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6/4/2008
07:51 AM
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Best Smartphone Platforms For Business

A smartphone's OS drives its productivity-enhancing powers. Here's a guide to choosing among Windows Mobile, Blackberry, iPhone, Nokia S60, and Google Android.

3
Examine Platform Options

Once you know what level of access you need to support and how the hardware will be used day in and day out, comes the time to pick the best platform. Current Analysis' Avi Greengart said, "There is no best platform, but there are several good ones to choose from. The best for one will not be the best for another, and vice versa."

Greengart cuts to the chase and recommends that you "do whatever your senior executive says to do." He's not kidding. "From a practical standpoint, a newbie IT manager will learn the hard way if he/she doesn't follow an executive's wishes. Just because you [in IT] know that Google's Android is a completely untested platform doesn't mean you should tell your executive 'No' if they get one at Best Buy [when it's released] and ask you to support it."

Supporting one device to make an executive happy, however, is a bit different from supporting many. Let's look more at what each platform has to offer, and what they don't.

  1. Windows Mobile: "Right now in terms of in terms of just e-mail, voice, and simple browsing, Microsoft's Windows Mobile should probably be number one," said Gartner analyst Ken Dulaney. The main reason is that Microsoft has the widest base of third-party applications that will run on it. "When it comes to on-device apps, Microsoft is dominant."

    Windows Mobile also has the advantage if you are a Windows development shop. You can use the same tools you are already familiar with for Windows Mobile. Windows Mobile has been around a long time and has a tremendous library of business applications ready to go.

    Training is another factor to consider. In terms of ease of use and training, a lot of people have been focused on "WinMo" and how desktop-like it is relative to the iPhone. Many consider Windows Mobile's desktop appearance to be a negative, but when it comes to training users, it has a shallower learning curve than the BlackBerry operating system. "The desktop metaphor is extremely familiar," said Greengart.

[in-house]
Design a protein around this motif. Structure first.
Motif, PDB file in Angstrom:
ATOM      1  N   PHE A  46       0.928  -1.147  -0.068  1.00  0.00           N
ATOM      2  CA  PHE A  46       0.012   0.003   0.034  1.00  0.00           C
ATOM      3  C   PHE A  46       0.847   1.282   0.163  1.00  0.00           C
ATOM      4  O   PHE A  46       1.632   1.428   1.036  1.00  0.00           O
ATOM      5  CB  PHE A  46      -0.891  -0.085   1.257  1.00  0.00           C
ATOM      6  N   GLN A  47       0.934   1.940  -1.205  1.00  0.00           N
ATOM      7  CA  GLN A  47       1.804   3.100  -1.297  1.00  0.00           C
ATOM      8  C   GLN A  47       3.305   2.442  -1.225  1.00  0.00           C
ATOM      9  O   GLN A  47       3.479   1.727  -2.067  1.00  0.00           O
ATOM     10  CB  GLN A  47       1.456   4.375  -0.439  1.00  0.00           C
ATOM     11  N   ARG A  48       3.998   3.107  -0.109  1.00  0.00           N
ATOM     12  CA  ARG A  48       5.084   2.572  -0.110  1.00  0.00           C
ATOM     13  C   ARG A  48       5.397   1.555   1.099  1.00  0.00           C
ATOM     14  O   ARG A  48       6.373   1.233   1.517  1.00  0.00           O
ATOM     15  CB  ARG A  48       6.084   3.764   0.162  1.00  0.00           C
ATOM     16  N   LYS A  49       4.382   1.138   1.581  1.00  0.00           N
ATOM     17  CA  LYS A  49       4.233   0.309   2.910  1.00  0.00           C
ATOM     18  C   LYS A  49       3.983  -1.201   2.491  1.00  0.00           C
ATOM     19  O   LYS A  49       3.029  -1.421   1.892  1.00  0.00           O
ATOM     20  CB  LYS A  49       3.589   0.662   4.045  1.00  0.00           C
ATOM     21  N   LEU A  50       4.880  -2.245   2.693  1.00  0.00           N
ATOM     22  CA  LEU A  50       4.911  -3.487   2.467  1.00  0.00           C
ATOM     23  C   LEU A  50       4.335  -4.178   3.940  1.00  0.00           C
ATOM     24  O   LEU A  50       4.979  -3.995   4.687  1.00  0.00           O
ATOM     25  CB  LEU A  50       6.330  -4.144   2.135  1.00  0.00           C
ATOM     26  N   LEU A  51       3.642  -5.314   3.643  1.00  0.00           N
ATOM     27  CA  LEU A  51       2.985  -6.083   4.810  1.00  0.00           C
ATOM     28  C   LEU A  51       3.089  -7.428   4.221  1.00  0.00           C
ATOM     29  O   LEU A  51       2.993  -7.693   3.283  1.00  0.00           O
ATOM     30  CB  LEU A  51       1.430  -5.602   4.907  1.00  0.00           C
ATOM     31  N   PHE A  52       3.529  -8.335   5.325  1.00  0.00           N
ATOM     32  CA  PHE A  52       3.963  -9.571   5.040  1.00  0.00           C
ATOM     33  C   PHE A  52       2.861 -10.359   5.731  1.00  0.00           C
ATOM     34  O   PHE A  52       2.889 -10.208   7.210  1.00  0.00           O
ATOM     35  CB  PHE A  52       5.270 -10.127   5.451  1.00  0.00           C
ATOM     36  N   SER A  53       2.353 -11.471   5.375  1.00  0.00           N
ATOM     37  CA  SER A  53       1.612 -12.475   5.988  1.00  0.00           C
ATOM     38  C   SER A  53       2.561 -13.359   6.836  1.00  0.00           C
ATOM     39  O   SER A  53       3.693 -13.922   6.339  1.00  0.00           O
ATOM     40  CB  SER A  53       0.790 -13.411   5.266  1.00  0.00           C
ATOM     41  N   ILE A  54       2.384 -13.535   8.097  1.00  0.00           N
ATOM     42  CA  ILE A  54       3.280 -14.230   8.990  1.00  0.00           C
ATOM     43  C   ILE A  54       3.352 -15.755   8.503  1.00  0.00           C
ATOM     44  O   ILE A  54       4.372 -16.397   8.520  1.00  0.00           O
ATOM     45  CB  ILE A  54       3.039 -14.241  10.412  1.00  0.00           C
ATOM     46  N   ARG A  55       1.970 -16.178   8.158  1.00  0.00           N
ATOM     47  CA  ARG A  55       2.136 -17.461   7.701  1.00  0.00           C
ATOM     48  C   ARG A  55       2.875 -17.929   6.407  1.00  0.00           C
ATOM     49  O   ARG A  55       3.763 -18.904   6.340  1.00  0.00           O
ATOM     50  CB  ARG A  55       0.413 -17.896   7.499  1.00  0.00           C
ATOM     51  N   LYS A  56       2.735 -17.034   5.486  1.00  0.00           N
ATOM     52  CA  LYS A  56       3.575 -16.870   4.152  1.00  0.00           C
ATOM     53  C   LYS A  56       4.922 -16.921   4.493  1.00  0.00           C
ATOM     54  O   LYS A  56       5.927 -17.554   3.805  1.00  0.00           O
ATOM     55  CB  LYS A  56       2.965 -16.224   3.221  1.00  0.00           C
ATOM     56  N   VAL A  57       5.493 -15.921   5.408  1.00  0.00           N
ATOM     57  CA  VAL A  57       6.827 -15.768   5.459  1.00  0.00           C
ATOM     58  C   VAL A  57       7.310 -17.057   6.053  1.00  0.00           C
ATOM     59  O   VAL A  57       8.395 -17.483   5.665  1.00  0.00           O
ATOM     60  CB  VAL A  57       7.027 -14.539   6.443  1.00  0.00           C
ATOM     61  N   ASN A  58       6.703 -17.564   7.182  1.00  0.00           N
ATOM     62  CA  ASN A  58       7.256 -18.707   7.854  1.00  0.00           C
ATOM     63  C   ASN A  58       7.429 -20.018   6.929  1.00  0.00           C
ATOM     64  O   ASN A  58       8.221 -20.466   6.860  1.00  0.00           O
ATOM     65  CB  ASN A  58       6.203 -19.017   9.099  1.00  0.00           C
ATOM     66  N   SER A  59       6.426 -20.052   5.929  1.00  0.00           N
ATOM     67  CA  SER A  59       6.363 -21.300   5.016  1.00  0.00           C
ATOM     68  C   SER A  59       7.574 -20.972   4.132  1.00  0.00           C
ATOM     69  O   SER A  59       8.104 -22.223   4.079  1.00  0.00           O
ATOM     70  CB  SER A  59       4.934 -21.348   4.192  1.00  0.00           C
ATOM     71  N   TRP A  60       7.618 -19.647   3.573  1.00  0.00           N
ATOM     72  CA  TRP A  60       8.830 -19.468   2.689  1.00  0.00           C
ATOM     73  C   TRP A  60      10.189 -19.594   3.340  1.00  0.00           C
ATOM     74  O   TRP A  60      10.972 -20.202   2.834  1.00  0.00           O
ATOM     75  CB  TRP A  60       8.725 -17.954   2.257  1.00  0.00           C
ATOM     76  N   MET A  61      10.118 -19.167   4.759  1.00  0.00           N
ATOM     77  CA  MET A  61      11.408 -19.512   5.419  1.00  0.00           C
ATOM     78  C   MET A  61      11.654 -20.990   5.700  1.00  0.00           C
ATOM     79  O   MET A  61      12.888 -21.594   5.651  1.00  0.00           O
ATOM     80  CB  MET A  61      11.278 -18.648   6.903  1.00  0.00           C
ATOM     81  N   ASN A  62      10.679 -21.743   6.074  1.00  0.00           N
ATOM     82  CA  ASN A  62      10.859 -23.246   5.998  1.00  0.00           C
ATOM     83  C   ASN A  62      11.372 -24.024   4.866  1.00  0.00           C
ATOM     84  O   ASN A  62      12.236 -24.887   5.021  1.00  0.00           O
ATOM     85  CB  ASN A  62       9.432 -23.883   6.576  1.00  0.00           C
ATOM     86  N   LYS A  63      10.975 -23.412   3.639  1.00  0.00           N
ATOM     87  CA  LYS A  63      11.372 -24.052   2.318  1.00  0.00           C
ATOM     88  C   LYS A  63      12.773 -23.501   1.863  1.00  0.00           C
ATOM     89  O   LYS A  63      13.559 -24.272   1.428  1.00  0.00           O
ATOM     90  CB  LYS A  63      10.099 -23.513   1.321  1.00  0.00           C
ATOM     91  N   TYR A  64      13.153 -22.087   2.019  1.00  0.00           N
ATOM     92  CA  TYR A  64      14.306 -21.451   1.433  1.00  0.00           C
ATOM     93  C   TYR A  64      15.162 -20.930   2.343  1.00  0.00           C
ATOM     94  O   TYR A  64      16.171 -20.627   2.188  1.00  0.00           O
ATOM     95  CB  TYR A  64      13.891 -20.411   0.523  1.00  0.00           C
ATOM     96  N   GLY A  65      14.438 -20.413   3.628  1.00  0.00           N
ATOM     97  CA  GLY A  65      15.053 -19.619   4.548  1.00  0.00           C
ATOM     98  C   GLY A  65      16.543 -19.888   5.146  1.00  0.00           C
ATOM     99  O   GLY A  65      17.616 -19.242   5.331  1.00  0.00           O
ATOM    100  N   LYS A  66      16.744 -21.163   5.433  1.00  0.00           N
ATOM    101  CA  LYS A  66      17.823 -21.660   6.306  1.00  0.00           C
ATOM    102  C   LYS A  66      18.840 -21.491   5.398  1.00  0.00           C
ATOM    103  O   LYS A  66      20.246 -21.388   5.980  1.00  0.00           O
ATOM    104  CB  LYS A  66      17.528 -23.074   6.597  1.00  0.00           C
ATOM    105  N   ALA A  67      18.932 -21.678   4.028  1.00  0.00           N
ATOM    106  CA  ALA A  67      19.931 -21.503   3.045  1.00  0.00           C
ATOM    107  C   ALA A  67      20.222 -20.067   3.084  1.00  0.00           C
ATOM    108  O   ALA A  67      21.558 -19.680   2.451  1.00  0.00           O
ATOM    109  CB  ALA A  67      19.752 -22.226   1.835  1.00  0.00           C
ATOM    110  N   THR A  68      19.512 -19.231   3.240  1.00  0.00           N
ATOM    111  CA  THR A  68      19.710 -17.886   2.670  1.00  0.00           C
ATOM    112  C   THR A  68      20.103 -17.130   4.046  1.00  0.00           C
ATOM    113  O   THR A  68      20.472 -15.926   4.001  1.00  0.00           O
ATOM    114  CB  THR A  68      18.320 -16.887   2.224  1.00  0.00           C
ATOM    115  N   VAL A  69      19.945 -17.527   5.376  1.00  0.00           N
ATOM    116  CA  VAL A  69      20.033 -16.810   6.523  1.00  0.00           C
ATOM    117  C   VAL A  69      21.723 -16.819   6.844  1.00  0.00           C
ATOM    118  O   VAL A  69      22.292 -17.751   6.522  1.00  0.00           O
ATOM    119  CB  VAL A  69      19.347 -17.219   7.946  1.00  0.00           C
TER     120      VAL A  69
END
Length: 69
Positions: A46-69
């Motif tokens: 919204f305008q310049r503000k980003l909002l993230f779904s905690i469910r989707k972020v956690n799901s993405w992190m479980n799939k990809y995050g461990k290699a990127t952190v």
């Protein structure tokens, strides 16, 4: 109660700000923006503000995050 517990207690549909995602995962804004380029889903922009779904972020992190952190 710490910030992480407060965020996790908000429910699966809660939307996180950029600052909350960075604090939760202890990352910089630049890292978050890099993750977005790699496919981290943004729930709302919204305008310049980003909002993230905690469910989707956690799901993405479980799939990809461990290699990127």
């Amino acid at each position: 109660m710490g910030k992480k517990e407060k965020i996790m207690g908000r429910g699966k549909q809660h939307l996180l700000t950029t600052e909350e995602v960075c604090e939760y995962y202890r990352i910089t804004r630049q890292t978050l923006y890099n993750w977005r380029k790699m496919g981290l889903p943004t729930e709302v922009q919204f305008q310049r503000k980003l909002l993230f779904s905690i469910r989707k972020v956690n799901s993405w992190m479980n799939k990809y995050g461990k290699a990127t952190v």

Another advantage that Windows Mobile has is the wide variety and breadth of device selection available. "There are a lot of Windows Mobile licensees out there," noted Greengart. "You can get Windows Mobile in touch or non-touch, QWERTY or non-QWERTY, slider or slab, rugged or non-rugged." There's no doubt that Windows Mobile devices cover a lot of ground.

  2. BlackBerry OS: If you don't need the higher degree of customization, BlackBerry OS and RIM's devices are more than enough to fit the bill for e-mail retrieval, simple applications, and basic browsing. RIM has worked hard to expand its device portfolio lately to compete with the device selection offered by its competitors. As Greengart puts it, BlackBerrys now come in "thin, wide, and wider," referencing the Pearl, Curve, and 8800 series.

    If your IT shop is already invested in the BlackBerry Enterprise Server and devices, there is no need to change systems unless your needs aren't being met. "RIM would be fine if you're running light-duty Web-based apps," said Gartner's Dulaney.

    Only recently has BlackBerry been able to garner the same third-party vendor support from its partners that Windows Mobile enjoys. Microsoft still has a big lead here, though.

    We welcome your comments on this topic on our social media channels, or [contact us directly] with questions about the site.
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